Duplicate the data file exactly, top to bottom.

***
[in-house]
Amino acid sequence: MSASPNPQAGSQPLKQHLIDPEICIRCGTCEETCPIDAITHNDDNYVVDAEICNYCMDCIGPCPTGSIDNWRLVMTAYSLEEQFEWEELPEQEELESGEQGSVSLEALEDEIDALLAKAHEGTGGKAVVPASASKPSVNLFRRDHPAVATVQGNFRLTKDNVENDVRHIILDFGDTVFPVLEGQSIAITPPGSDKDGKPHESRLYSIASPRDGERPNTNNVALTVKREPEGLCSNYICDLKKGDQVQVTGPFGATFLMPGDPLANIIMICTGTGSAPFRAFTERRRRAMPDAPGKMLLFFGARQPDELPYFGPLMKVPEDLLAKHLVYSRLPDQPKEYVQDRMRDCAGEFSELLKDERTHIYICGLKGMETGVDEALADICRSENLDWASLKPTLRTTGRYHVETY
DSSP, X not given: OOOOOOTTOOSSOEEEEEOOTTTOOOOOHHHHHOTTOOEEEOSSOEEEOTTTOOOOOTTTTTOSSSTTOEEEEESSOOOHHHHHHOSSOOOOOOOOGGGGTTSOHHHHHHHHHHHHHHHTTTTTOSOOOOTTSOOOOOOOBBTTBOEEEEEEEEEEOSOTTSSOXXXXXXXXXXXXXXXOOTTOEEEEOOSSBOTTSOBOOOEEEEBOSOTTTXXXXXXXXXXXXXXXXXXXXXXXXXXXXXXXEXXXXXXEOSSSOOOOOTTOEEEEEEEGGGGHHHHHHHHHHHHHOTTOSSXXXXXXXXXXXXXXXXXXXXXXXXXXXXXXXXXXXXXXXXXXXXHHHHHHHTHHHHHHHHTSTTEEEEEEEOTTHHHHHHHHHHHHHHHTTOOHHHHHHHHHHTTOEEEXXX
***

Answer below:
[in-house]
Amino acid sequence: MSASPNPQAGSQPLKQHLIDPEICIRCGTCEETCPIDAITHNDDNYVVDAEICNYCMDCIGPCPTGSIDNWRLVMTAYSLEEQFEWEELPEQEELESGEQGSVSLEALEDEIDALLAKAHEGTGGKAVVPASASKPSVNLFRRDHPAVATVQGNFRLTKDNVENDVRHIILDFGDTVFPVLEGQSIAITPPGSDKDGKPHESRLYSIASPRDGERPNTNNVALTVKREPEGLCSNYICDLKKGDQVQVTGPFGATFLMPGDPLANIIMICTGTGSAPFRAFTERRRRAMPDAPGKMLLFFGARQPDELPYFGPLMKVPEDLLAKHLVYSRLPDQPKEYVQDRMRDCAGEFSELLKDERTHIYICGLKGMETGVDEALADICRSENLDWASLKPTLRTTGRYHVETY
DSSP, X not given: OOOOOOTTOOSSOEEEEEOOTTTOOOOOHHHHHOTTOOEEEOSSOEEEOTTTOOOOOTTTTTOSSSTTOEEEEESSOOOHHHHHHOSSOOOOOOOOGGGGTTSOHHHHHHHHHHHHHHHTTTTTOSOOOOTTSOOOOOOOBBTTBOEEEEEEEEEEOSOTTSSOXXXXXXXXXXXXXXXOOTTOEEEEOOSSBOTTSOBOOOEEEEBOSOTTTXXXXXXXXXXXXXXXXXXXXXXXXXXXXXXXEXXXXXXEOSSSOOOOOTTOEEEEEEEGGGGHHHHHHHHHHHHHOTTOSSXXXXXXXXXXXXXXXXXXXXXXXXXXXXXXXXXXXXXXXXXXXXHHHHHHHTHHHHHHHHTSTTEEEEEEEOTTHHHHHHHHHHHHHHHTTOOHHHHHHHHHHTTOEEEXXX